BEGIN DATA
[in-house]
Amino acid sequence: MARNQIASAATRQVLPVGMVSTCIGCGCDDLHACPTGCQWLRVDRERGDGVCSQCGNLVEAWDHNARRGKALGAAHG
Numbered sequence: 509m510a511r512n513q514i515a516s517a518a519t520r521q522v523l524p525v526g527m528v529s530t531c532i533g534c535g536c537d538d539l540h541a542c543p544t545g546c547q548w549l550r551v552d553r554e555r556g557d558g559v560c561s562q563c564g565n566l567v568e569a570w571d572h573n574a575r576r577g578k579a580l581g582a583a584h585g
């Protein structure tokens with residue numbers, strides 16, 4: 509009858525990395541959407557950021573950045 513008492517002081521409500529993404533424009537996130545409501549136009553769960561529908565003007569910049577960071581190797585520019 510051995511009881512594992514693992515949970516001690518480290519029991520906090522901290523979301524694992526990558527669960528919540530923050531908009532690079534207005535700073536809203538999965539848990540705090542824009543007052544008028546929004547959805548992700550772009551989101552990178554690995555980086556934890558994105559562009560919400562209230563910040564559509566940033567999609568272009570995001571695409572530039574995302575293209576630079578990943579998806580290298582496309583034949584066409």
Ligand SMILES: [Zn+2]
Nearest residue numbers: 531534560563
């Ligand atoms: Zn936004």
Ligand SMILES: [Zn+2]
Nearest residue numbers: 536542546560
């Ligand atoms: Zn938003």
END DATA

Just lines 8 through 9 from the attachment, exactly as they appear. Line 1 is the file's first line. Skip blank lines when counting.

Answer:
Ligand SMILES: [Zn+2]
Nearest residue numbers: 536542546560